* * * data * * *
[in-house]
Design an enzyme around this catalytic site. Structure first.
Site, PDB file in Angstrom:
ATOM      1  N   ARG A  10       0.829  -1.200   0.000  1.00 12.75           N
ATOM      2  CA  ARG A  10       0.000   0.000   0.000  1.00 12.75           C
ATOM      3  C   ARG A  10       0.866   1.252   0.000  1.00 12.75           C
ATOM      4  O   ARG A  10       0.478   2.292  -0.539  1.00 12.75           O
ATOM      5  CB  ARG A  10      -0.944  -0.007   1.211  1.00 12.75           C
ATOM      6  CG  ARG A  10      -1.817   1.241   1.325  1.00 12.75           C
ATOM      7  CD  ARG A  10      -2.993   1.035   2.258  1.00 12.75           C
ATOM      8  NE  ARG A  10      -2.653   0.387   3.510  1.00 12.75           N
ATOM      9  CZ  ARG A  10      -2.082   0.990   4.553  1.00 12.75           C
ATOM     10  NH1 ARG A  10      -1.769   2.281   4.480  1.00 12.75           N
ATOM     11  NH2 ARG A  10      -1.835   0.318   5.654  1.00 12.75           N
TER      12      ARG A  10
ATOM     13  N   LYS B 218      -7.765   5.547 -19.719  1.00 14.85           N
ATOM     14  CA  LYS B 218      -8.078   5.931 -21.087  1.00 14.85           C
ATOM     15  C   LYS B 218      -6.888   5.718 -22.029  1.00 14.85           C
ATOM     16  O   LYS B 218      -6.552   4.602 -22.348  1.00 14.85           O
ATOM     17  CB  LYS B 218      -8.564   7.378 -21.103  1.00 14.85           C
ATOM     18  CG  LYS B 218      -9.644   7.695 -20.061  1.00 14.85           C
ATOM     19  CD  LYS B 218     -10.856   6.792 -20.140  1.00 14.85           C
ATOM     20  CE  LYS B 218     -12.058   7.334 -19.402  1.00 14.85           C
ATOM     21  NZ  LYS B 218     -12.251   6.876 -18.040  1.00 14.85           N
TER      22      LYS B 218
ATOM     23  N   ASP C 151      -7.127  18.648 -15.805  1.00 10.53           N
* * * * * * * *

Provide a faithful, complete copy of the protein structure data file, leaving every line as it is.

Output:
[in-house]
Design an enzyme around this catalytic site. Structure first.
Site, PDB file in Angstrom:
ATOM      1  N   ARG A  10       0.829  -1.200   0.000  1.00 12.75           N
ATOM      2  CA  ARG A  10       0.000   0.000   0.000  1.00 12.75           C
ATOM      3  C   ARG A  10       0.866   1.252   0.000  1.00 12.75           C
ATOM      4  O   ARG A  10       0.478   2.292  -0.539  1.00 12.75           O
ATOM      5  CB  ARG A  10      -0.944  -0.007   1.211  1.00 12.75           C
ATOM      6  CG  ARG A  10      -1.817   1.241   1.325  1.00 12.75           C
ATOM      7  CD  ARG A  10      -2.993   1.035   2.258  1.00 12.75           C
ATOM      8  NE  ARG A  10      -2.653   0.387   3.510  1.00 12.75           N
ATOM      9  CZ  ARG A  10      -2.082   0.990   4.553  1.00 12.75           C
ATOM     10  NH1 ARG A  10      -1.769   2.281   4.480  1.00 12.75           N
ATOM     11  NH2 ARG A  10      -1.835   0.318   5.654  1.00 12.75           N
TER      12      ARG A  10
ATOM     13  N   LYS B 218      -7.765   5.547 -19.719  1.00 14.85           N
ATOM     14  CA  LYS B 218      -8.078   5.931 -21.087  1.00 14.85           C
ATOM     15  C   LYS B 218      -6.888   5.718 -22.029  1.00 14.85           C
ATOM     16  O   LYS B 218      -6.552   4.602 -22.348  1.00 14.85           O
ATOM     17  CB  LYS B 218      -8.564   7.378 -21.103  1.00 14.85           C
ATOM     18  CG  LYS B 218      -9.644   7.695 -20.061  1.00 14.85           C
ATOM     19  CD  LYS B 218     -10.856   6.792 -20.140  1.00 14.85           C
ATOM     20  CE  LYS B 218     -12.058   7.334 -19.402  1.00 14.85           C
ATOM     21  NZ  LYS B 218     -12.251   6.876 -18.040  1.00 14.85           N
TER      22      LYS B 218
ATOM     23  N   ASP C 151      -7.127  18.648 -15.805  1.00 10.53           N